Polman: Too sleazy even for the Trump swamp

Dick Polman
Dick Polman

As an unpopular charlatan places his hand on a bible (of all things) with the lowest-ever approval rating for an incoming president, and as we gird ourselves for what is likely to be the darkest era since Vietnam, we in the voting majority are grateful for whatever small victories cross our radar.

So thank you, Monica Crowley.

At least somebody is deemed too sleazy to splash in Trump's swamp. His motley nominees are already infamous for their flagrant abuse of ethical norms, so it's nice to know that at least some kind of aberrant behavior — in Crowley's case, shameless plagiarizing of other people's work — is considered beyond the pale. It's even unacceptable to our new leader, who set a low standard in his business life by refusing to pay people for their work.

Granted, the announcement this week that Crowley, a Fox News talking head, will not be appointed to the job for which she was manifestly unqualified — senior director of strategic communications on the National Security Council — still leaves the Trump swamp replete with creatures.

Random examples:

- Congressman Tom Price, the Health nominee, bought stock in at least two companies that stood to gain financially from legislation he subsequently sponsored or voted for.

- Rex Tillerson, the State nominee, is an Exxon lifer whose friendly 'tude toward Vladimir Putin has been good for Exxon.

- Betsy DeVos, the billionaire Education nominee, has major investments in companies that stand to gain financially from her education policies, and she had a Senate hearing without first completing an ethics report on how she plans to avoid conflicts of interest.

- Andy Pudzer, the Labor nominee, whose ex-wife accused him of domestic violence acts during their marriage before recanting.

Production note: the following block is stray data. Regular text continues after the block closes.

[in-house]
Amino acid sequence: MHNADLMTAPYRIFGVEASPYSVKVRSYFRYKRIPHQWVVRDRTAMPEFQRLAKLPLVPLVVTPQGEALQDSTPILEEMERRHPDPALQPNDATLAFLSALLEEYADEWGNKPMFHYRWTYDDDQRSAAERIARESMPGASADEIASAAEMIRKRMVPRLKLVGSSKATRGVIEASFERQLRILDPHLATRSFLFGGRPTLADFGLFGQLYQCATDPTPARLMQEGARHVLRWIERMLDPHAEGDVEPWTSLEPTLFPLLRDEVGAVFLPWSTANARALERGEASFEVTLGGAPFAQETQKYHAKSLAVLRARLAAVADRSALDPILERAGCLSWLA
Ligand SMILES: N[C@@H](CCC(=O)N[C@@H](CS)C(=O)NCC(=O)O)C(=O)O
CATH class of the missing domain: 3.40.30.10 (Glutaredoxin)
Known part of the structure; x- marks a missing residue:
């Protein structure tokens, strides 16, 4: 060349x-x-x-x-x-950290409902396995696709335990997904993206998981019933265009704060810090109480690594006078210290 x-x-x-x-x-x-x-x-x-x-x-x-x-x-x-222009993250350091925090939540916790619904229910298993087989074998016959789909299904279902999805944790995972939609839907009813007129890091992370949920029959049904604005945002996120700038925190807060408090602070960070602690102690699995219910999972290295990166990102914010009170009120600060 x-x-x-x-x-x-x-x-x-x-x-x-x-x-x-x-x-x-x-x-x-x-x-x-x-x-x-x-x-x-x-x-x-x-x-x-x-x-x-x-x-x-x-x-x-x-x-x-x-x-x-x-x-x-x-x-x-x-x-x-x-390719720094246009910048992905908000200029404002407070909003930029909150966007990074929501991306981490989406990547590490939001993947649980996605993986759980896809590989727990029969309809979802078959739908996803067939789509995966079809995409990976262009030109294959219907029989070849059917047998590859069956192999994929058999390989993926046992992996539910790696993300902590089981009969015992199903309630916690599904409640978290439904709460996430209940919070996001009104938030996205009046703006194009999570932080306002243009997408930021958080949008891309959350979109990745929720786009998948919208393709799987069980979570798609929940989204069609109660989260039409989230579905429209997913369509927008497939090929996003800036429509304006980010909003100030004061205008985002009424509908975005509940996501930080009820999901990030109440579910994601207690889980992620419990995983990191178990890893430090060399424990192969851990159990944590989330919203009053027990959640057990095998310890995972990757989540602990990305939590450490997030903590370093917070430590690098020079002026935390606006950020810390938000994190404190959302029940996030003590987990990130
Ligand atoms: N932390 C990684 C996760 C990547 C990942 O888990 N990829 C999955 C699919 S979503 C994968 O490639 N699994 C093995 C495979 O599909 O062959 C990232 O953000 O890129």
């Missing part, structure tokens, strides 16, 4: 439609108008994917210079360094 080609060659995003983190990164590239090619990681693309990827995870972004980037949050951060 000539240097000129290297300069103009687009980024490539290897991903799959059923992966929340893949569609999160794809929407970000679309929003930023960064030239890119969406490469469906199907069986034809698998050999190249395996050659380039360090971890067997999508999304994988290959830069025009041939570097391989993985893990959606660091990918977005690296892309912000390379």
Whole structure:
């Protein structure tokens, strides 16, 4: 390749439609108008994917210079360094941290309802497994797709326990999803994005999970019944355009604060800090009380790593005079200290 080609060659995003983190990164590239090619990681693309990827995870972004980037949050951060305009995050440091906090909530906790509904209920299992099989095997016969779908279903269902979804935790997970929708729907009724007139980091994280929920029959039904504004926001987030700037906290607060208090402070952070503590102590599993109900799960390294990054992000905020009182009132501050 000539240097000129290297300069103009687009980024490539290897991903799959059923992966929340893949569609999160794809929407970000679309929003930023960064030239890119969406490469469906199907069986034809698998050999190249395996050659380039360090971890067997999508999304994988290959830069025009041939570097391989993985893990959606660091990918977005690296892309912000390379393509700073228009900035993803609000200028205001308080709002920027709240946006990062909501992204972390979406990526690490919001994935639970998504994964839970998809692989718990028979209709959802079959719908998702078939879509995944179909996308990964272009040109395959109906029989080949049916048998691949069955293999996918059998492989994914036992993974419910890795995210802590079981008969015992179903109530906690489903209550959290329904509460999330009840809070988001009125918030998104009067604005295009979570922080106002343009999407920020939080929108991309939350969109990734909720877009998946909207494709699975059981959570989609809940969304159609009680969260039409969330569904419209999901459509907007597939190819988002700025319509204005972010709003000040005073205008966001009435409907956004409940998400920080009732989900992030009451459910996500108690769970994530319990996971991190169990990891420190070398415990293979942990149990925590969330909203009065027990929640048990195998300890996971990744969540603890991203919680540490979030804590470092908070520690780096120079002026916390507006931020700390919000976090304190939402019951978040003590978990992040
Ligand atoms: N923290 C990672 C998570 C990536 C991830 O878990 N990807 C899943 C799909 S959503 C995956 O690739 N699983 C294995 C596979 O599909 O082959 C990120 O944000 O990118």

- Reed Cordish, a new White House adviser who doesn't need a Senate OK, is being sued in a class action racial discrimination case.

Jeff Sessions... Steve Bannon.. You get the picture.

But hey, we'll always have Monica Crowley — who, by the way, was brought down by a free and independent press. This narrative has been nearly lost in the cacophony of the past few weeks, but it deserves its noble moment because it shows that the Trump regime is not totally immune to the forces of accountability.

It all began earlier this month, when she was thoroughly busted by CNN for stealing other people's work — word for word, phrase for phrase — while writing a 2012 book titled "What the (Bleep) Just Happened." Politico and CNN Money found more examples of her stealing other people's work while writing her 2000 Ph.D. dissertation.

Naturally, the Trump camp's first impulse was to lash out at the press: "Any attempt to discredit Monica is nothing more than a politically motivated attack that seeks to distract from the real issues facing this country."

For a few days, Trump clung to the fig leaf of HarperCollins, the publisher of Crowley's book. The HarperCollins folks initially stood by Crowley, and Trump's flacks duly hailed them as "the largest and most respected publishers in the world." But that all changed when HarperCollins assessed the press' revelations and announced, effective immediately, that Crowley's book "will no longer be offered for purchase until such time as the author has the opportunity to source and revise the material."

This was too much even for Trump. Without nary a single rant or tweet — about "fake news" or the "dishonest media" or whatever — Crowley was ejected from the swamp. Earlier this week, she declared her sudden disinterest in joining the National Security Council, "after much reflection."

So put your hands together for a vigilant press. Savor this small victory, which at least shows us that not all ethical norms are dead. Problem is, it still leaves us with a swamp that will not be drained. And to best describe that swamp, I will update the infamous phrasings of our Leader:

Republicans are not sending us their best. Some are Russian doormats. Some are sleazebags. Some are racists. And some, I assume, are good people.

Dick Polman is the national political columnist at NewsWorks/WHYY in Philadelphia ( and a "Writer in Residence" at the University of Pennsylvania.